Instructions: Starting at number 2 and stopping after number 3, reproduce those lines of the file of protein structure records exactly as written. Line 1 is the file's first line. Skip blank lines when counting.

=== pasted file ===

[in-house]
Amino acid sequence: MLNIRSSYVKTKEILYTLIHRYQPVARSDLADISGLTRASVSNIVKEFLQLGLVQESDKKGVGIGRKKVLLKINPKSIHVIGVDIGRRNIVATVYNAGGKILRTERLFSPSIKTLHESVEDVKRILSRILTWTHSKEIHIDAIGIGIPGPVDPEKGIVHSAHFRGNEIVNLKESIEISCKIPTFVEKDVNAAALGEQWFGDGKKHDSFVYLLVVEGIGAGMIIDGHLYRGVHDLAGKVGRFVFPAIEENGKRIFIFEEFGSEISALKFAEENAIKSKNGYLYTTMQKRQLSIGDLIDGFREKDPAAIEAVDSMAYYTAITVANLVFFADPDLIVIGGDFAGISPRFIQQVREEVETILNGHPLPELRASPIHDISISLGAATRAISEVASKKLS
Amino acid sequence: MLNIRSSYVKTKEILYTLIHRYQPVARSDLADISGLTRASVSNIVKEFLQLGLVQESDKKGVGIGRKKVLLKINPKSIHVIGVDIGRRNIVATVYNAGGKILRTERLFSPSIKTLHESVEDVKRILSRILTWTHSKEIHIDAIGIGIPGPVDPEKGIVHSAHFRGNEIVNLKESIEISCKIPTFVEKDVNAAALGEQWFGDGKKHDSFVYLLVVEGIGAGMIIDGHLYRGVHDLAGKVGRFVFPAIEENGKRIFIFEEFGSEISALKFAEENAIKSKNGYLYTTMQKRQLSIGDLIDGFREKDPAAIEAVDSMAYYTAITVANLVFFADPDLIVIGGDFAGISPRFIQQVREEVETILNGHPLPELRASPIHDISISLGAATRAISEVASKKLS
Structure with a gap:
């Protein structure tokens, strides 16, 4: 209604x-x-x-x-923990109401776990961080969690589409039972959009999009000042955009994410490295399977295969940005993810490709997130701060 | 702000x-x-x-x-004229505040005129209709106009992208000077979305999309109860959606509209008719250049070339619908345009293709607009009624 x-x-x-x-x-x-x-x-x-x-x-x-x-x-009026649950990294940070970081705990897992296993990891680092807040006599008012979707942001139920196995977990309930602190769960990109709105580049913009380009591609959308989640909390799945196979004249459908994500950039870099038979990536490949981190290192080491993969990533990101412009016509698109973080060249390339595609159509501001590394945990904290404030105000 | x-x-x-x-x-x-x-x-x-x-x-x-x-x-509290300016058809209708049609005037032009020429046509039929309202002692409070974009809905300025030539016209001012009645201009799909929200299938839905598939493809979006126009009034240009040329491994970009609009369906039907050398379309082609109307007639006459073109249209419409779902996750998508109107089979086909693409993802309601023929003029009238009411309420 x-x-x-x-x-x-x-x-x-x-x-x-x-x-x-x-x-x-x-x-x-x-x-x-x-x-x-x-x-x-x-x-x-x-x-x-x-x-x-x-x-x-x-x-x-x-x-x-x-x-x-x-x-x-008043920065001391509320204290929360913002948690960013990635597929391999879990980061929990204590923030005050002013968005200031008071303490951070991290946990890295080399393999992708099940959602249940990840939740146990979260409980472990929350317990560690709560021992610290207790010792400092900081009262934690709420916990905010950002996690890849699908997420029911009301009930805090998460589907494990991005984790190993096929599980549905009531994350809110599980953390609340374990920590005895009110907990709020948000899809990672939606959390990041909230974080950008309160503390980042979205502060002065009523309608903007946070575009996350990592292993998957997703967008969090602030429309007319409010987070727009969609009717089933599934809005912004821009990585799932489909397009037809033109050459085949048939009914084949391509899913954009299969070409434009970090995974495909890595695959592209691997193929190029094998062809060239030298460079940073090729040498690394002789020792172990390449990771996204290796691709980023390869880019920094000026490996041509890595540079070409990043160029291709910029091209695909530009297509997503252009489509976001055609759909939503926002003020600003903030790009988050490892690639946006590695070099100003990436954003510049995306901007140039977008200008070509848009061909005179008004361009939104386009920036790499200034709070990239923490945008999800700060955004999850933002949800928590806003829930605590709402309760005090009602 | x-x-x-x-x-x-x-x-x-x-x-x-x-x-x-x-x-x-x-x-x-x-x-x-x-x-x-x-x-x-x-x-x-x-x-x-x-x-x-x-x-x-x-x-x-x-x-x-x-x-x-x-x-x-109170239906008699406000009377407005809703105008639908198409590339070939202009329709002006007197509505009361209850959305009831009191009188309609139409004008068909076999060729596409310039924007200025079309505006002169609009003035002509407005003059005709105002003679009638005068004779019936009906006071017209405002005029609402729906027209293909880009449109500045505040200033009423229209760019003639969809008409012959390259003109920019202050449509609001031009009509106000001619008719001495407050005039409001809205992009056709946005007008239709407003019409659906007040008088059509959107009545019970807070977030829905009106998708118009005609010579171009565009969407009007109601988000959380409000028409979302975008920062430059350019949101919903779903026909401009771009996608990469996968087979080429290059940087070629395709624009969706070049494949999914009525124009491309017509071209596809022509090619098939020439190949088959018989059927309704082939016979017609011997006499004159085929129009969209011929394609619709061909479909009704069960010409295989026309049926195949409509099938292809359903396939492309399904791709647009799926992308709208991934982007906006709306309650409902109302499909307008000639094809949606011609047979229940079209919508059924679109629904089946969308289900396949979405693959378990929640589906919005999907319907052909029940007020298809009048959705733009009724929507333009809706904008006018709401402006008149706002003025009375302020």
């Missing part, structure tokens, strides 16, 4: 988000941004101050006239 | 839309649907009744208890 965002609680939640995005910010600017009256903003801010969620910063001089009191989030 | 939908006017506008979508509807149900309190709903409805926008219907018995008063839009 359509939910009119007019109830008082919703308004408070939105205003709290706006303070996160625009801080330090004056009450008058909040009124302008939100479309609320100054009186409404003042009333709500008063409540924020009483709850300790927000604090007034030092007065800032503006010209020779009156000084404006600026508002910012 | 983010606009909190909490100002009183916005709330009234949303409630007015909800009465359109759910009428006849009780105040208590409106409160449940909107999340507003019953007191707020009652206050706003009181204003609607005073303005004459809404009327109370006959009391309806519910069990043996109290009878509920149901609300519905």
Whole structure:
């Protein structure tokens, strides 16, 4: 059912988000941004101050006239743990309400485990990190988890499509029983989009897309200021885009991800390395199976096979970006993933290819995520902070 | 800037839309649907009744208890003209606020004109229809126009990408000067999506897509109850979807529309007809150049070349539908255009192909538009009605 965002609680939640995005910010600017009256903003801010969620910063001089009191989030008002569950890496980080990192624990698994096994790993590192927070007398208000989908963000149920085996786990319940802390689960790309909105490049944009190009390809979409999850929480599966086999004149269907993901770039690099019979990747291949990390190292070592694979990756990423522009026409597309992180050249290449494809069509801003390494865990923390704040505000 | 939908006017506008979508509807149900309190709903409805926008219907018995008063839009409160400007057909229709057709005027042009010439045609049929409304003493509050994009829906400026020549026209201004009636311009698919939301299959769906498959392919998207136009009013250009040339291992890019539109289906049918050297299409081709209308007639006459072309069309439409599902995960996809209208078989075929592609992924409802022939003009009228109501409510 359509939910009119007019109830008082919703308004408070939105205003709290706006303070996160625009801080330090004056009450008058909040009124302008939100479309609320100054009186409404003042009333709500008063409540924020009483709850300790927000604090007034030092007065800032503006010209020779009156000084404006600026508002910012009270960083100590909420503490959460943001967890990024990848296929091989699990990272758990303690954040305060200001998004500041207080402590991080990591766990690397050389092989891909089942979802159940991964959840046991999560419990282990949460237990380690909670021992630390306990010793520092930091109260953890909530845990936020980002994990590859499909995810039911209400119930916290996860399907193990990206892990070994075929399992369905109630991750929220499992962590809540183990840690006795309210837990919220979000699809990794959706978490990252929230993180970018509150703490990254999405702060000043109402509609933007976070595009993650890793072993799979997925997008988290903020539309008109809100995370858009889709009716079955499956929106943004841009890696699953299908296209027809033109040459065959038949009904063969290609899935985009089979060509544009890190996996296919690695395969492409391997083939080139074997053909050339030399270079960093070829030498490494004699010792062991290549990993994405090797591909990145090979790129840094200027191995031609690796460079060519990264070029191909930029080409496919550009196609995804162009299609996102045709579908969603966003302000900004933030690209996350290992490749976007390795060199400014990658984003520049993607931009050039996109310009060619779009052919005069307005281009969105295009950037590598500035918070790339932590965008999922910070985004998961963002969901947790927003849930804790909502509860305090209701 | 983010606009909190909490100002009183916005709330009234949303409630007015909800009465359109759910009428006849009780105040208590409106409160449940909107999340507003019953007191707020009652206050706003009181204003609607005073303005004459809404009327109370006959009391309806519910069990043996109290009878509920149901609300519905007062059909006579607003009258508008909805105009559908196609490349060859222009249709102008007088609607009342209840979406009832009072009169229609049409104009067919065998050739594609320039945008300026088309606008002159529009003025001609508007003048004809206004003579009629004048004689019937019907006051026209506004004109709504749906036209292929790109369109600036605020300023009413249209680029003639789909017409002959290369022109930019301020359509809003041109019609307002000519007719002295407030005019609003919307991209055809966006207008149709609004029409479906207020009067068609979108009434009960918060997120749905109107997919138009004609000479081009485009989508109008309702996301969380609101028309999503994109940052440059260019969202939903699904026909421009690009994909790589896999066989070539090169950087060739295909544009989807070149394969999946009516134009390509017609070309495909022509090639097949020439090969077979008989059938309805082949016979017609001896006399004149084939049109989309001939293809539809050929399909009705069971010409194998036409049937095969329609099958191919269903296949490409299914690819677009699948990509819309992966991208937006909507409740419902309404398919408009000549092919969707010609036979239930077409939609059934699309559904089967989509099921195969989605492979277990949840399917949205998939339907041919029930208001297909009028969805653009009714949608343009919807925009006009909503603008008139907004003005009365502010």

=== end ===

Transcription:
Amino acid sequence: MLNIRSSYVKTKEILYTLIHRYQPVARSDLADISGLTRASVSNIVKEFLQLGLVQESDKKGVGIGRKKVLLKINPKSIHVIGVDIGRRNIVATVYNAGGKILRTERLFSPSIKTLHESVEDVKRILSRILTWTHSKEIHIDAIGIGIPGPVDPEKGIVHSAHFRGNEIVNLKESIEISCKIPTFVEKDVNAAALGEQWFGDGKKHDSFVYLLVVEGIGAGMIIDGHLYRGVHDLAGKVGRFVFPAIEENGKRIFIFEEFGSEISALKFAEENAIKSKNGYLYTTMQKRQLSIGDLIDGFREKDPAAIEAVDSMAYYTAITVANLVFFADPDLIVIGGDFAGISPRFIQQVREEVETILNGHPLPELRASPIHDISISLGAATRAISEVASKKLS
Amino acid sequence: MLNIRSSYVKTKEILYTLIHRYQPVARSDLADISGLTRASVSNIVKEFLQLGLVQESDKKGVGIGRKKVLLKINPKSIHVIGVDIGRRNIVATVYNAGGKILRTERLFSPSIKTLHESVEDVKRILSRILTWTHSKEIHIDAIGIGIPGPVDPEKGIVHSAHFRGNEIVNLKESIEISCKIPTFVEKDVNAAALGEQWFGDGKKHDSFVYLLVVEGIGAGMIIDGHLYRGVHDLAGKVGRFVFPAIEENGKRIFIFEEFGSEISALKFAEENAIKSKNGYLYTTMQKRQLSIGDLIDGFREKDPAAIEAVDSMAYYTAITVANLVFFADPDLIVIGGDFAGISPRFIQQVREEVETILNGHPLPELRASPIHDISISLGAATRAISEVASKKLS